With a little help, patriotism among millennials can look less like a problem and more like an opportunity.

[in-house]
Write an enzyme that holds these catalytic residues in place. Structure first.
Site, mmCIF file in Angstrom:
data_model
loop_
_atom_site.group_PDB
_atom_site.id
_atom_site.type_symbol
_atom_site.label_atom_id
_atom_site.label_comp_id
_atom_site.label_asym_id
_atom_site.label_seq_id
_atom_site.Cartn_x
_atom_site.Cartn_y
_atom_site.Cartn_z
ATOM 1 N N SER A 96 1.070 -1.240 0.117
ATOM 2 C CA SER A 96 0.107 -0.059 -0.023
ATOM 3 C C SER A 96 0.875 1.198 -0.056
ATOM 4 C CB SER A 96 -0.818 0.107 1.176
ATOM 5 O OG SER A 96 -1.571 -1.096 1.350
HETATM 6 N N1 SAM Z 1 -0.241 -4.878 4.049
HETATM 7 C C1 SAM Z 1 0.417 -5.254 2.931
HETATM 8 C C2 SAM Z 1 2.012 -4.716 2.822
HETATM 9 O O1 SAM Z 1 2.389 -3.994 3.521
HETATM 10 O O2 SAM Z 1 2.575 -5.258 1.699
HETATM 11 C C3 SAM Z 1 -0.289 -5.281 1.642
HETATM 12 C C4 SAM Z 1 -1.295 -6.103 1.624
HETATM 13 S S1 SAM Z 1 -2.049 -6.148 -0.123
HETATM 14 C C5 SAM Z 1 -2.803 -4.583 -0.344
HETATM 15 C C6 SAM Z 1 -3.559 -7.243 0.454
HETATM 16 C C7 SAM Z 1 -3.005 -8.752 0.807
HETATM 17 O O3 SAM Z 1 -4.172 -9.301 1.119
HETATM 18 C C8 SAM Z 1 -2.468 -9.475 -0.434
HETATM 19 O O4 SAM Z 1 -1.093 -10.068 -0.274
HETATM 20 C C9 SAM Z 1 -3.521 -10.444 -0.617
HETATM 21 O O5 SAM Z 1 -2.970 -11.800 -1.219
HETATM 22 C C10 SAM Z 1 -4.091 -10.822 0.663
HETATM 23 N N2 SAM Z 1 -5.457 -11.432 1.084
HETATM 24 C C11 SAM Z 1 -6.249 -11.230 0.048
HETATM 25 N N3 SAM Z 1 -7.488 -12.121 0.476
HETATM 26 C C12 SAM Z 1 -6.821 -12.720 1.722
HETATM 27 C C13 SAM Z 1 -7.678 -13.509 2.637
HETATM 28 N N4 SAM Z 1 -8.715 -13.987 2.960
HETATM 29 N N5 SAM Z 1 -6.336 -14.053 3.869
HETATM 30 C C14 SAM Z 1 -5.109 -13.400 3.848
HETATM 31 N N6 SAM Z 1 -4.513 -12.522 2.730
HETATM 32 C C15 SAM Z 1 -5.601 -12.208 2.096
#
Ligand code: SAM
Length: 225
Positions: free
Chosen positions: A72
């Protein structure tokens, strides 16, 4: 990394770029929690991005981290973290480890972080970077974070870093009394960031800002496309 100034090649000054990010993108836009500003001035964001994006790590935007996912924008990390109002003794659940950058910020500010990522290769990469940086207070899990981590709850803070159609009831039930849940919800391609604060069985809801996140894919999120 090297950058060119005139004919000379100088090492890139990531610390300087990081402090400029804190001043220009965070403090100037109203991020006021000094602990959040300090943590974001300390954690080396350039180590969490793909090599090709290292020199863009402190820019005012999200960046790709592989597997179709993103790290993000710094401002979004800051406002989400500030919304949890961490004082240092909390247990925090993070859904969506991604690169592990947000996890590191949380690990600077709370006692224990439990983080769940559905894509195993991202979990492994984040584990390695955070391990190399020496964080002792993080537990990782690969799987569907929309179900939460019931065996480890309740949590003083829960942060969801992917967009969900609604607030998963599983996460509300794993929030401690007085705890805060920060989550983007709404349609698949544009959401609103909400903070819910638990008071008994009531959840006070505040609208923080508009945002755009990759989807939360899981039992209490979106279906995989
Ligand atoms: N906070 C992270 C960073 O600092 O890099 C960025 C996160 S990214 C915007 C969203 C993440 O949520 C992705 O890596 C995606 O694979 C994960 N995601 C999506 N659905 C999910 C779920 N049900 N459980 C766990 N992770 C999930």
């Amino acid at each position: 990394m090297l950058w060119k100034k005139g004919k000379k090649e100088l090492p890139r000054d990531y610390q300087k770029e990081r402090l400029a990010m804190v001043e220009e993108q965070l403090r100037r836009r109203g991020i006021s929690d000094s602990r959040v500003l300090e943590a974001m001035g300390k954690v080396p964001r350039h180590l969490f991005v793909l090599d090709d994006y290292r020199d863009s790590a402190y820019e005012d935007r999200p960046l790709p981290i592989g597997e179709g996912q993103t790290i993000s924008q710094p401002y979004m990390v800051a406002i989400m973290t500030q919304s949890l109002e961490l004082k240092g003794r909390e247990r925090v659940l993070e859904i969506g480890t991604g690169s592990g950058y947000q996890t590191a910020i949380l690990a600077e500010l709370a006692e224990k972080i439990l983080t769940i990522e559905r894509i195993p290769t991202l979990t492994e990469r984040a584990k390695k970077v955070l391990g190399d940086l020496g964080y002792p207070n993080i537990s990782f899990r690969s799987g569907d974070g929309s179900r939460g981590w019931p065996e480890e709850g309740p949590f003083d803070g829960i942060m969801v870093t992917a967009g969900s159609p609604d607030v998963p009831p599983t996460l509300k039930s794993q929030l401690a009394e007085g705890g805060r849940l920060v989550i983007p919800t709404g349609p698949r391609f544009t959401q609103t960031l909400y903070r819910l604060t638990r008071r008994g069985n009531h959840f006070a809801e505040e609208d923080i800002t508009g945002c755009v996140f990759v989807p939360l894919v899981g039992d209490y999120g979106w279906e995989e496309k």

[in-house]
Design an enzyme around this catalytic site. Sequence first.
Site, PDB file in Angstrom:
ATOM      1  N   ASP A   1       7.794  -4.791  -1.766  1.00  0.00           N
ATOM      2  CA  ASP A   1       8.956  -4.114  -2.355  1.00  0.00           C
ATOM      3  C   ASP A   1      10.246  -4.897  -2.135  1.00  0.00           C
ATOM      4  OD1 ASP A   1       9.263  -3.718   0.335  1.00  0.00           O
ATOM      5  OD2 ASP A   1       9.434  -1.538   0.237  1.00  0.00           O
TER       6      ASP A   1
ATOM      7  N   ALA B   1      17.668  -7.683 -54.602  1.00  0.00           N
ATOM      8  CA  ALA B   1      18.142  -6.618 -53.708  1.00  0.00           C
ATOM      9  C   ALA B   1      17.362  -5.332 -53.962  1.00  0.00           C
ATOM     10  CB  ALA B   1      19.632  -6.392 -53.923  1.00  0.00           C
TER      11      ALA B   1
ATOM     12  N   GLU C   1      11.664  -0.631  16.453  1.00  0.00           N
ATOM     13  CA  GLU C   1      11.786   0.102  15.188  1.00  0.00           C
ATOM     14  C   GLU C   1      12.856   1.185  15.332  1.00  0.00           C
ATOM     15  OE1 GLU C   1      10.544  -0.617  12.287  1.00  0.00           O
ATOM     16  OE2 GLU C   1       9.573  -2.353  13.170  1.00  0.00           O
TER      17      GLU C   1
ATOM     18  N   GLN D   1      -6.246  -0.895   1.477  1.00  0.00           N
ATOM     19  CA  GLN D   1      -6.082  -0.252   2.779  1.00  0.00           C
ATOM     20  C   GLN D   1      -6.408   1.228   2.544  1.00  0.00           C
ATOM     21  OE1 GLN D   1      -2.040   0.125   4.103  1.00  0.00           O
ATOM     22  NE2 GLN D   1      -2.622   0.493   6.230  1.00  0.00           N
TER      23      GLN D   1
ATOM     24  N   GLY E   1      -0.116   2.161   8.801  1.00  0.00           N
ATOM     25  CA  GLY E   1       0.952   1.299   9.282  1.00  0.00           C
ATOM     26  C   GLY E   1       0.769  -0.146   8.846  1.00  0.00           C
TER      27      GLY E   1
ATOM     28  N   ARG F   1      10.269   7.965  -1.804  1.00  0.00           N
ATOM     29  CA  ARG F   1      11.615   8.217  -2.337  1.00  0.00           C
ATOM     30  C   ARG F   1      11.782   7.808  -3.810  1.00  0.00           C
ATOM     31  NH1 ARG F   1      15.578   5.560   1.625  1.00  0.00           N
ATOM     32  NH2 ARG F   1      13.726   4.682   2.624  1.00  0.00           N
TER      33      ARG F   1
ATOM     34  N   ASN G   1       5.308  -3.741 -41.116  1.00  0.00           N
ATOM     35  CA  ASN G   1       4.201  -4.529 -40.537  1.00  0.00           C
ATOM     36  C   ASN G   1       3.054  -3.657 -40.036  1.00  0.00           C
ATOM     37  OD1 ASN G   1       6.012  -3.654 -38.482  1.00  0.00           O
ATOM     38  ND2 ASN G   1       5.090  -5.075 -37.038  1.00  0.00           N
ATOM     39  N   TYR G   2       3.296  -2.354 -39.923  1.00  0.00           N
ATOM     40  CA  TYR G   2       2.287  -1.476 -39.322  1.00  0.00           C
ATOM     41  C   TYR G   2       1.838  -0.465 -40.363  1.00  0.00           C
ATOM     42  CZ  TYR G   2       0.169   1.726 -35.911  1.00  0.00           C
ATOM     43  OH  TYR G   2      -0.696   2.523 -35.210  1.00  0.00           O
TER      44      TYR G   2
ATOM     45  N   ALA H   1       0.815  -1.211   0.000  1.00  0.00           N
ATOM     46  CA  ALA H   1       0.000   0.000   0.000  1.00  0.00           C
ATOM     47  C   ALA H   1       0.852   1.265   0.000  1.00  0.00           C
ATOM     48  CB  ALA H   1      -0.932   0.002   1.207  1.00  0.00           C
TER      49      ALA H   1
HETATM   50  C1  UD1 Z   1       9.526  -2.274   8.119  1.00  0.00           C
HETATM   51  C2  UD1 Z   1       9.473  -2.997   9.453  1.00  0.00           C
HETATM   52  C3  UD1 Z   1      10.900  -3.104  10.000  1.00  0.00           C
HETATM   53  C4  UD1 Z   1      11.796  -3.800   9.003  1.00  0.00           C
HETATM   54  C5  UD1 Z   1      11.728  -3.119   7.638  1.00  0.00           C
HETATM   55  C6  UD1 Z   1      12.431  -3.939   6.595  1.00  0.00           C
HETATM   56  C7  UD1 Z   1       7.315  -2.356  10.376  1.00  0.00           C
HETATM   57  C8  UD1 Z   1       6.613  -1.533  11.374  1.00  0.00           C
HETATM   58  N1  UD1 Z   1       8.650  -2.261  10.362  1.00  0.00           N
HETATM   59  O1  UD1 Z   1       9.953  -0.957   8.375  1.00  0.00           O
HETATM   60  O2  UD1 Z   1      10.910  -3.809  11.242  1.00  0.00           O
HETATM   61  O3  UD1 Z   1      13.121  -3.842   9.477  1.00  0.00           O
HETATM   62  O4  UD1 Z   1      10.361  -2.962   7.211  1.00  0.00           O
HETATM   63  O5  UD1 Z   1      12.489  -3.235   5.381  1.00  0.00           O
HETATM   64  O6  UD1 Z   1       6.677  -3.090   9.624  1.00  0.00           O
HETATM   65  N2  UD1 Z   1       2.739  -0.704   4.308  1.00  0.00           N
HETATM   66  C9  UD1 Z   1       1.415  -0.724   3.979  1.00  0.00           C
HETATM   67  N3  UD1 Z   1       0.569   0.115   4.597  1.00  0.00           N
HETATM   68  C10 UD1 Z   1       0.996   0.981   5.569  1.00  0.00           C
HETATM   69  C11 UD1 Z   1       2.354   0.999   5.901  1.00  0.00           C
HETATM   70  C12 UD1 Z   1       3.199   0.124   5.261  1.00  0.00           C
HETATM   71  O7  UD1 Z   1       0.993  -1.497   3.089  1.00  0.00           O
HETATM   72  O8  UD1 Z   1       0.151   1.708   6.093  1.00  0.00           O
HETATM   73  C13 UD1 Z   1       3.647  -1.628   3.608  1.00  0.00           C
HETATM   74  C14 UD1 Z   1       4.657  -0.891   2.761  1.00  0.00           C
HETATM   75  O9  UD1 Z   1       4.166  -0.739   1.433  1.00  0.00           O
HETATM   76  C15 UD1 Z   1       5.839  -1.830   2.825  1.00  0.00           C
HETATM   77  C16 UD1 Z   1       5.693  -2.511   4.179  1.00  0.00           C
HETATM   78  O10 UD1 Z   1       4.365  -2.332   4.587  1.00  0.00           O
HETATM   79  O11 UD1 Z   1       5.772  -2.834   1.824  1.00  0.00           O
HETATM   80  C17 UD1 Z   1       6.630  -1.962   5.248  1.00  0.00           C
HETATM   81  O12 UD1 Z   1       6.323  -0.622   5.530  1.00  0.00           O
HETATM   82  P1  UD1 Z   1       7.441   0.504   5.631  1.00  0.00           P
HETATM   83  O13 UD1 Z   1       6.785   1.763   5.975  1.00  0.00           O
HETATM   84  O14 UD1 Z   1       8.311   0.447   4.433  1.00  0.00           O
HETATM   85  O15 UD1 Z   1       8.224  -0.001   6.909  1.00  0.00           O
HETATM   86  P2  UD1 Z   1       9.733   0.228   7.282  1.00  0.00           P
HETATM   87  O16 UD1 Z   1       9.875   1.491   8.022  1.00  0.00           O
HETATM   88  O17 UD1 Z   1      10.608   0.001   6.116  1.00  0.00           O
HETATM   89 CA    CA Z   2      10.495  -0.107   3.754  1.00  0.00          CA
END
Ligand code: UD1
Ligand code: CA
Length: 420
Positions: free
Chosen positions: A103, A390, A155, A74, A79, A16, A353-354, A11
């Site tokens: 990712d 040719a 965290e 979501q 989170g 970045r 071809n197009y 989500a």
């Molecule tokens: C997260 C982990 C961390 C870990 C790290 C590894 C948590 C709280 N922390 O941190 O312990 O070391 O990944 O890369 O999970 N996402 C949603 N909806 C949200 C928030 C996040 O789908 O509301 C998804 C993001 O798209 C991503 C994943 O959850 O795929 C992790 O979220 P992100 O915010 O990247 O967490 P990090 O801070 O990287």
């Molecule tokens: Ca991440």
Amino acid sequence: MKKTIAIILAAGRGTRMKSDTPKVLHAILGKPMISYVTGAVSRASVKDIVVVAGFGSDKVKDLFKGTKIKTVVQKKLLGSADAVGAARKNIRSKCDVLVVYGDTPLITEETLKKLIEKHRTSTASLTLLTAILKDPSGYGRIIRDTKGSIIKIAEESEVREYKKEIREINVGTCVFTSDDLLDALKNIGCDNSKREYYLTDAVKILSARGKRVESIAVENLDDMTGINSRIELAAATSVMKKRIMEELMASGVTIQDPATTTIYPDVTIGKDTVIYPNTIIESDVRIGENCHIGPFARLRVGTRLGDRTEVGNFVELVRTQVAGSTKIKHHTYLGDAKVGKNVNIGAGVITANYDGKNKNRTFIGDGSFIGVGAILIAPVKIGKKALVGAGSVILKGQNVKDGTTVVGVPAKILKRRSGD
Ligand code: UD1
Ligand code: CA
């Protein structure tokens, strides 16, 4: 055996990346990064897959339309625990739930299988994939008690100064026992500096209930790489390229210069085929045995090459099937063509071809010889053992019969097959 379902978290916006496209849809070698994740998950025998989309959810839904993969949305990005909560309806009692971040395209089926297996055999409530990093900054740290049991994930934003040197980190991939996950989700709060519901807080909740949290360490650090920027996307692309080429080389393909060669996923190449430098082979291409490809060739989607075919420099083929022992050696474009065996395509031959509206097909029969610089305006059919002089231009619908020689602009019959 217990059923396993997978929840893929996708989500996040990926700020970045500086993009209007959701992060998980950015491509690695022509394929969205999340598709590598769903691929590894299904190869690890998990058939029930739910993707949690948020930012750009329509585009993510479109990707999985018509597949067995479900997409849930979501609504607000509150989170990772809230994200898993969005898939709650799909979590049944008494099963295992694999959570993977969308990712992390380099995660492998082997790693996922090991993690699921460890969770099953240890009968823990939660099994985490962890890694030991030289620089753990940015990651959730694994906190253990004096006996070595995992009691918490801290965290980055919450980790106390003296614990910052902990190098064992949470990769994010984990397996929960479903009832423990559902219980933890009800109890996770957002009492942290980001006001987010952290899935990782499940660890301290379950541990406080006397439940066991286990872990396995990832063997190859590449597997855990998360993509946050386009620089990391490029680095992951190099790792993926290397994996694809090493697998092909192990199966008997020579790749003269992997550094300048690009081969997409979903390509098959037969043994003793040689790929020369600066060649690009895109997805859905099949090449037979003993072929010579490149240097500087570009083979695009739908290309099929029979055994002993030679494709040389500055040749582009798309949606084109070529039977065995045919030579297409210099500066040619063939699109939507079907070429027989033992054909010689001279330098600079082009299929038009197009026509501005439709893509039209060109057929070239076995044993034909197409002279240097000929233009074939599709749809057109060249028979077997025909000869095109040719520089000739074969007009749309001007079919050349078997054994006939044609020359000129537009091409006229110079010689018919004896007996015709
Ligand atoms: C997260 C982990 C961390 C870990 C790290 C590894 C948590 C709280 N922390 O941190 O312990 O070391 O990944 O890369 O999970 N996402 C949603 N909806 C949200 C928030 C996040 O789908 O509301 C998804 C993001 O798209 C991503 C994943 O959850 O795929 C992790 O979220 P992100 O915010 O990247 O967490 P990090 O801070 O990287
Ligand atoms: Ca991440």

Customs and traditions are firmly ingrained in those who serve in the military. Symbols such as our nation’s flag and ceremonies that surround it evoke powerful emotions to service members and veterans. So when I read Will DuVal’s Task & Purpose article on millennials’ problem with patriotism, I completely agreed with his argument that the American flag is often misrepresentative on boardshorts and bikinis and that patriotism gets boiled down a cheap tagline of “U-S-A! U-S-A!” at a frat party. And it’s not just at frat parties. At sporting events, concerts, and political rallies, you can hear the chant over and over again. To some, it can appear cheap and hollow — a cop out to display patriotism without the required investment and sacrifice. But for many, this appears to be the only way to demonstrate such emotion. For millennials who may not have been old enough to serve immediately after the Sept. 11 attacks, how do they spontaneously respond to the death of Osama bin Laden? Are millennials really doomed to show their love of country through half-hearted displays of patriotic fervor?
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